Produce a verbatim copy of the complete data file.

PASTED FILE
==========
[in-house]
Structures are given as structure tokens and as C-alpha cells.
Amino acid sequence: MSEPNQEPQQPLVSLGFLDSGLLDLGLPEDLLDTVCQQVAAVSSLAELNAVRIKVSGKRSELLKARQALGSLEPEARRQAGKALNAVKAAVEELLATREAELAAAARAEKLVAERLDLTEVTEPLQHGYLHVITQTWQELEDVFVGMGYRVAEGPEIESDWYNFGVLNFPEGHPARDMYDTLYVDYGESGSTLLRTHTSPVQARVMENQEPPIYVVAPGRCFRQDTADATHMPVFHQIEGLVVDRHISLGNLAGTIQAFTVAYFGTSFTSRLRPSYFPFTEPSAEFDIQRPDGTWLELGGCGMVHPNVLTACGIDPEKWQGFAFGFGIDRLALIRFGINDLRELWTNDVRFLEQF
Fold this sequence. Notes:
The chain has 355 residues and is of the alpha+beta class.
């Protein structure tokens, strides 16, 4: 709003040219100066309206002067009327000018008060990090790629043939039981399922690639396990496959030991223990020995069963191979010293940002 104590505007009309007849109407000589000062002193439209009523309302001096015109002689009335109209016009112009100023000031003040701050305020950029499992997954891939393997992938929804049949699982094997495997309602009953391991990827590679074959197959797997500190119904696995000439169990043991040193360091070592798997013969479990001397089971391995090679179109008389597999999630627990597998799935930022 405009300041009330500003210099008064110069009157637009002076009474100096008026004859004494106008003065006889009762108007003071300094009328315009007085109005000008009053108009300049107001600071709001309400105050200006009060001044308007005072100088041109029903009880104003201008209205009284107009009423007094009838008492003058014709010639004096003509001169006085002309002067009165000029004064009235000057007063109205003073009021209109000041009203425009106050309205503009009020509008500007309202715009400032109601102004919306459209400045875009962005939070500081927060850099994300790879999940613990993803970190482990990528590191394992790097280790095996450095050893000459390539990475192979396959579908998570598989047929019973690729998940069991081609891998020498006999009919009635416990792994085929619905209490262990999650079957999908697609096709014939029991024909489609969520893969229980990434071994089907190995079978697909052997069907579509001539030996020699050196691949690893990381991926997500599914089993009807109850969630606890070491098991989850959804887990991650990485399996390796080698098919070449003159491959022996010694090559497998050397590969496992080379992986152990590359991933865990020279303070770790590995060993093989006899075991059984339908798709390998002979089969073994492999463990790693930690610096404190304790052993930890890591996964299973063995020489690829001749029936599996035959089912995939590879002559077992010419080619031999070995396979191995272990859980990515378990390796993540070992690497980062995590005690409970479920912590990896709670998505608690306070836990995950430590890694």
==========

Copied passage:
[in-house]
Structures are given as structure tokens and as C-alpha cells.
Amino acid sequence: MSEPNQEPQQPLVSLGFLDSGLLDLGLPEDLLDTVCQQVAAVSSLAELNAVRIKVSGKRSELLKARQALGSLEPEARRQAGKALNAVKAAVEELLATREAELAAAARAEKLVAERLDLTEVTEPLQHGYLHVITQTWQELEDVFVGMGYRVAEGPEIESDWYNFGVLNFPEGHPARDMYDTLYVDYGESGSTLLRTHTSPVQARVMENQEPPIYVVAPGRCFRQDTADATHMPVFHQIEGLVVDRHISLGNLAGTIQAFTVAYFGTSFTSRLRPSYFPFTEPSAEFDIQRPDGTWLELGGCGMVHPNVLTACGIDPEKWQGFAFGFGIDRLALIRFGINDLRELWTNDVRFLEQF
Fold this sequence. Notes:
The chain has 355 residues and is of the alpha+beta class.
């Protein structure tokens, strides 16, 4: 709003040219100066309206002067009327000018008060990090790629043939039981399922690639396990496959030991223990020995069963191979010293940002 104590505007009309007849109407000589000062002193439209009523309302001096015109002689009335109209016009112009100023000031003040701050305020950029499992997954891939393997992938929804049949699982094997495997309602009953391991990827590679074959197959797997500190119904696995000439169990043991040193360091070592798997013969479990001397089971391995090679179109008389597999999630627990597998799935930022 405009300041009330500003210099008064110069009157637009002076009474100096008026004859004494106008003065006889009762108007003071300094009328315009007085109005000008009053108009300049107001600071709001309400105050200006009060001044308007005072100088041109029903009880104003201008209205009284107009009423007094009838008492003058014709010639004096003509001169006085002309002067009165000029004064009235000057007063109205003073009021209109000041009203425009106050309205503009009020509008500007309202715009400032109601102004919306459209400045875009962005939070500081927060850099994300790879999940613990993803970190482990990528590191394992790097280790095996450095050893000459390539990475192979396959579908998570598989047929019973690729998940069991081609891998020498006999009919009635416990792994085929619905209490262990999650079957999908697609096709014939029991024909489609969520893969229980990434071994089907190995079978697909052997069907579509001539030996020699050196691949690893990381991926997500599914089993009807109850969630606890070491098991989850959804887990991650990485399996390796080698098919070449003159491959022996010694090559497998050397590969496992080379992986152990590359991933865990020279303070770790590995060993093989006899075991059984339908798709390998002979089969073994492999463990790693930690610096404190304790052993930890890591996964299973063995020489690829001749029936599996035959089912995939590879002559077992010419080619031999070995396979191995272990859980990515378990390796993540070992690497980062995590005690409970479920912590990896709670998505608690306070836990995950430590890694």